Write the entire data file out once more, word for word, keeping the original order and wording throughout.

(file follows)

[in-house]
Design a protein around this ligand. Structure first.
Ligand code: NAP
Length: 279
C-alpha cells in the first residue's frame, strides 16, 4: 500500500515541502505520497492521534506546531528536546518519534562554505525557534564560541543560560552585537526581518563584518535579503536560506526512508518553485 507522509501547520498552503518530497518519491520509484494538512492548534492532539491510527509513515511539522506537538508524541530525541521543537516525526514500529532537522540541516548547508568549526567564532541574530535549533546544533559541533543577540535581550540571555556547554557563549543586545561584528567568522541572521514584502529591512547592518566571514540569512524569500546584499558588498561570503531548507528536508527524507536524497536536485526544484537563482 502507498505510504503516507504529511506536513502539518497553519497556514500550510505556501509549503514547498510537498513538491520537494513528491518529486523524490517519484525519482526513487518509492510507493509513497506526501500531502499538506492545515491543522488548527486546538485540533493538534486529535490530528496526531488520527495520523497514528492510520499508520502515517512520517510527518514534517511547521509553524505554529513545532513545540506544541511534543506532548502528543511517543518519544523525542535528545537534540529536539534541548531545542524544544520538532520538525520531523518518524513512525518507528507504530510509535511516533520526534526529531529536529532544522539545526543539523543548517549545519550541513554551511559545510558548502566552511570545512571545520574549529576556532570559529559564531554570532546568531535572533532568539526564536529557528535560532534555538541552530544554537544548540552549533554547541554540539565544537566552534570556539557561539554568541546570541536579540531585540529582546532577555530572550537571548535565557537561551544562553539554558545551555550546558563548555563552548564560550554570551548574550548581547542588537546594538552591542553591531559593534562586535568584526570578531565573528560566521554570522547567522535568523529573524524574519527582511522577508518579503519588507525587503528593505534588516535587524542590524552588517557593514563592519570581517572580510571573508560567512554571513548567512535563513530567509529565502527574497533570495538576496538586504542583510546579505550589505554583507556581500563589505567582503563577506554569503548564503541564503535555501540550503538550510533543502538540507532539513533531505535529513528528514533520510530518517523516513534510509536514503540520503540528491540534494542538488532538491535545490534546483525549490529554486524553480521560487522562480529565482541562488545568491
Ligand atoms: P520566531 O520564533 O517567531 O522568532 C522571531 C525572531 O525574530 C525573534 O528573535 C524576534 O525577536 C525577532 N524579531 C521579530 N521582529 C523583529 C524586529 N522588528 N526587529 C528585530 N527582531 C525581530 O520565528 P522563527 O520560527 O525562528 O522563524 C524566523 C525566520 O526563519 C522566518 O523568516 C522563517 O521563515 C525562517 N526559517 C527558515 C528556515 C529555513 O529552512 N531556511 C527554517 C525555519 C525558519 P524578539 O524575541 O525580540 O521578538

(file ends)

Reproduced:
[in-house]
Design a protein around this ligand. Structure first.
Ligand code: NAP
Length: 279
C-alpha cells in the first residue's frame, strides 16, 4: 500500500515541502505520497492521534506546531528536546518519534562554505525557534564560541543560560552585537526581518563584518535579503536560506526512508518553485 507522509501547520498552503518530497518519491520509484494538512492548534492532539491510527509513515511539522506537538508524541530525541521543537516525526514500529532537522540541516548547508568549526567564532541574530535549533546544533559541533543577540535581550540571555556547554557563549543586545561584528567568522541572521514584502529591512547592518566571514540569512524569500546584499558588498561570503531548507528536508527524507536524497536536485526544484537563482 502507498505510504503516507504529511506536513502539518497553519497556514500550510505556501509549503514547498510537498513538491520537494513528491518529486523524490517519484525519482526513487518509492510507493509513497506526501500531502499538506492545515491543522488548527486546538485540533493538534486529535490530528496526531488520527495520523497514528492510520499508520502515517512520517510527518514534517511547521509553524505554529513545532513545540506544541511534543506532548502528543511517543518519544523525542535528545537534540529536539534541548531545542524544544520538532520538525520531523518518524513512525518507528507504530510509535511516533520526534526529531529536529532544522539545526543539523543548517549545519550541513554551511559545510558548502566552511570545512571545520574549529576556532570559529559564531554570532546568531535572533532568539526564536529557528535560532534555538541552530544554537544548540552549533554547541554540539565544537566552534570556539557561539554568541546570541536579540531585540529582546532577555530572550537571548535565557537561551544562553539554558545551555550546558563548555563552548564560550554570551548574550548581547542588537546594538552591542553591531559593534562586535568584526570578531565573528560566521554570522547567522535568523529573524524574519527582511522577508518579503519588507525587503528593505534588516535587524542590524552588517557593514563592519570581517572580510571573508560567512554571513548567512535563513530567509529565502527574497533570495538576496538586504542583510546579505550589505554583507556581500563589505567582503563577506554569503548564503541564503535555501540550503538550510533543502538540507532539513533531505535529513528528514533520510530518517523516513534510509536514503540520503540528491540534494542538488532538491535545490534546483525549490529554486524553480521560487522562480529565482541562488545568491
Ligand atoms: P520566531 O520564533 O517567531 O522568532 C522571531 C525572531 O525574530 C525573534 O528573535 C524576534 O525577536 C525577532 N524579531 C521579530 N521582529 C523583529 C524586529 N522588528 N526587529 C528585530 N527582531 C525581530 O520565528 P522563527 O520560527 O525562528 O522563524 C524566523 C525566520 O526563519 C522566518 O523568516 C522563517 O521563515 C525562517 N526559517 C527558515 C528556515 C529555513 O529552512 N531556511 C527554517 C525555519 C525558519 P524578539 O524575541 O525580540 O521578538